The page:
Karl Barth Reading Hunting Magic Eels

I know, I know, Karl Barth, the famous theologian, died in 1968, so he never had a chance to read Hunting Magic Eels. That's so sad for him. But Karl Barth haunted me in the writing of the book, and since its publication I've never stopped thinking about what Barth would have thought of the book.

For those of you who don't know anything about Karl Barth, along with his issues with Friedrich Schleiermacher, I'm going to have to explain why I've been worried about Barth. For those of you who do know Barth's criticisms of Schleiermacher and liberal theology, and who have read Hunting Magic Eels, I'm sure you can see the concern, how Barth might have given the book a big 'ol "Nein!" in his Amazon review.

Let me, though, catch everyone up.

Karl Barth was a famous critic of what is known as "liberal theology." Simply, in the wake of the Enlightenment liberal theology was an attempt to ground Christianity in human experience. The hope was that if we could find some positive correlate of faith within our experience that experience would be enough for modern persons to make faith attractive and sustainable. A good example here is Paul Tillich's notion of "ultimate concern," the thing you care most and "ultimately" about. God "just is" this ultimate concern. And since everyone has an ultimate concern everyone has faith, everyone believes in God. But note the critical alteration. "God" has become a word that is referring to myself. Crucially, my ultimate concern is mine, something I name and own for myself.

Friedrich Schleiermacher was one of the fathers of liberal theology, the attempt to cash out Christian faith in humanistic and experiential terms. Famously, Karl Barth said "Nein!" to this entire theological tradition and trajectory. Barth's concern, simply stated, is that when faith in unpacked in human terms we end up worshiping ourselves. And this is a huge problem when human experience becomes dark and twisted. For example, Barth castigated liberal theology for its inability to speak a prophetic word against Hitler. When the will of the Volk and Führer became the "ultimate concern" of Nazi Germany there was nothing left in the faith to resist. God was reduced to the will of the nation, sacralizing both war and the Holocaust.  

So, what does this have to do with Hunting Magic Eels?

If you've read the book you know it can be very Schleiermacherian. Hunting Magic Eels is a call to attend to religious and mystical experiences, very similar to Schleiermacher's work. So you can see why I worried about Barth in writing the book, knowing I was courting his "Nein!"

In fact, I almost included some comments about Barth in the Introduction to head off any Barthian objections from readers. (Yes, I'm a popular Christian author who considers Barthian objections.) Specifically, I almost included a criticism Dietrich Bonhoeffer made about Barth in his Letters and Papers from Prison. Bonhoeffer makes the comment that, by excluding human experience, Barth's theology becomes positivistic, and forces you into a "lump it or leave it" position. Without referring to Bonhoeffer, that is a point I make in the Introduction to Hunting Magic Eels, how if the word "God" is devoid of any experiential content "God" becomes a meaningless, blank, empty cipher. And I'd argue to Barth that the same goes not just for the word "God" but with the whole of Christian dogmatics. Without a mystical, experiential core Christian dogmatics is just a bunch of empty symbols, meaningless words on a page, all sound and fury signifying nothing, to borrow from Shakespeare. The creeds and dogmas of the faith become a big fat horsepill you have to swallow because, well, you just must. You have no other choice. Lump it or leave it. That's what Bonhoeffer means by Barth's positivism. Faith is a pill you are forced to swallow. So open wide and take your medicine.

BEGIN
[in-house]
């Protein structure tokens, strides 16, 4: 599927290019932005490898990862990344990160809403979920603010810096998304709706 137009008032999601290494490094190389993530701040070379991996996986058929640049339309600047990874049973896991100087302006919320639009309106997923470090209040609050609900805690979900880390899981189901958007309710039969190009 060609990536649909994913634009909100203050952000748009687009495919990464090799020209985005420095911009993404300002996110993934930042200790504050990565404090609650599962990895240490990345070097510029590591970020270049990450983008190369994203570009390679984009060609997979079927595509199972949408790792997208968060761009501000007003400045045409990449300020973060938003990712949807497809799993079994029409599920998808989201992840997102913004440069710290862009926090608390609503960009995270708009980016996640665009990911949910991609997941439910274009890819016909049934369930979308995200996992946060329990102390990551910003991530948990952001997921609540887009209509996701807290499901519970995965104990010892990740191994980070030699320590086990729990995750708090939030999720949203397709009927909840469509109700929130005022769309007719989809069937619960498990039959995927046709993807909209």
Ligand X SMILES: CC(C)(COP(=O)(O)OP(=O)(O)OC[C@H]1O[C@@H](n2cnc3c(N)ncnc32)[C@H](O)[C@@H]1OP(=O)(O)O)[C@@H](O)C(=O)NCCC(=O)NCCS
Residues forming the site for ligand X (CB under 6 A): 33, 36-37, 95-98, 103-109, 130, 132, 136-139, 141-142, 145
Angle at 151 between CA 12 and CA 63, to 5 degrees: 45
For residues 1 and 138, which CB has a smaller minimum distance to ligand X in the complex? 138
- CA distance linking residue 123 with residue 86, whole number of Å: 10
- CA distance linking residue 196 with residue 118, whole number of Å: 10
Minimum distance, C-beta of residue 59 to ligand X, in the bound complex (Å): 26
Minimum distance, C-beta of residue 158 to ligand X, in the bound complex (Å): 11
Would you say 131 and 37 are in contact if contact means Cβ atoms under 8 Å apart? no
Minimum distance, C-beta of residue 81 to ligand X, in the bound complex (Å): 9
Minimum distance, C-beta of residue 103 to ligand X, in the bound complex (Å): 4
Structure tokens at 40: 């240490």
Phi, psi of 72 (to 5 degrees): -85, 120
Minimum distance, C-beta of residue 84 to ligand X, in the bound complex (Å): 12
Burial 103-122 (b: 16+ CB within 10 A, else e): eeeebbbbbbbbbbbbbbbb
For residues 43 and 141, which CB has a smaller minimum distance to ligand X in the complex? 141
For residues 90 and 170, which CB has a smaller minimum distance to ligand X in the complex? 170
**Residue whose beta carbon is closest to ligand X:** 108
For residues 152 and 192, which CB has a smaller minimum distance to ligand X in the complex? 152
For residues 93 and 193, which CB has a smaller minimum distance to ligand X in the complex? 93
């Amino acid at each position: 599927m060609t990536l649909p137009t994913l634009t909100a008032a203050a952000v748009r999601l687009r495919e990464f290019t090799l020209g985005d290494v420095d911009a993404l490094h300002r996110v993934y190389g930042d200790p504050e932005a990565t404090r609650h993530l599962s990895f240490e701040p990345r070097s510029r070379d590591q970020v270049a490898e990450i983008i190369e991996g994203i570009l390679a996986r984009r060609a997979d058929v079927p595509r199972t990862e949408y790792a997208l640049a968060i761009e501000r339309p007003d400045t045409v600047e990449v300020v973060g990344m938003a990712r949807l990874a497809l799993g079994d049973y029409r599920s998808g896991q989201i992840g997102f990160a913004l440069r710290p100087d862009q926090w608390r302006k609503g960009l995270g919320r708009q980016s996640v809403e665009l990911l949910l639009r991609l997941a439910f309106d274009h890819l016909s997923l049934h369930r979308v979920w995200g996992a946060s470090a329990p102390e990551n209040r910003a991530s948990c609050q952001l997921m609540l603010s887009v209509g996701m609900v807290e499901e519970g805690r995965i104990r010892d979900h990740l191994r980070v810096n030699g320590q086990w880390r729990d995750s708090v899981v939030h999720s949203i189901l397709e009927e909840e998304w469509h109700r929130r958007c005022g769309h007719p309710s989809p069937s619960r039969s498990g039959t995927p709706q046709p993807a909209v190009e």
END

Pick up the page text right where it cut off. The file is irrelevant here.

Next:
That said, scholars of Barth have an answer here, as the "late Barth" is different from "early Barth." Over time Barth began to see some of the flaws and weaknesses in his early work, in its very astringent attitude toward anything "human." Late in life Barth even writes a book called The Humanity of God

Still, would Barth have voiced some objections to how Hunting Magic Eels leads with, emphasizes and privileges human experience? I'd say, "Probably."

But one of the sections of the book I'm most proud of is the final part on spiritual discernment. It is not too much of an exaggeration to say that I wrote that part especially for Karl Barth.  

To give a fancy name for what I do in the final part of the book, I share a "cruciform hermeneutic" in discerning religious experience. And that's a unique feature of the book, a contrast to the many other titles out there working this same ground, the movement from deconstruction to reconstruction. My book doesn't end with some bland, progressive statement that Love Wins. To be sure, love does, indeed, win in my book, but this love looks nothing like what you find on progressive Christian Twitter where hating the right people has become the ultimate concern.

All that to say, I don't know how much Karl Barth would have liked Hunting Magic Eels, but I think he would have appreciated my attempt to push our notions of love and our mystical experiences toward the cross. For the cross is a sign of contraction that will be opposed, God's "Nein!" to human conceit and pride, especially when we think we're holy, righteous, and good. Love surely wins, but it wins by interrupting the tribalism at the heart of how we love the world. 

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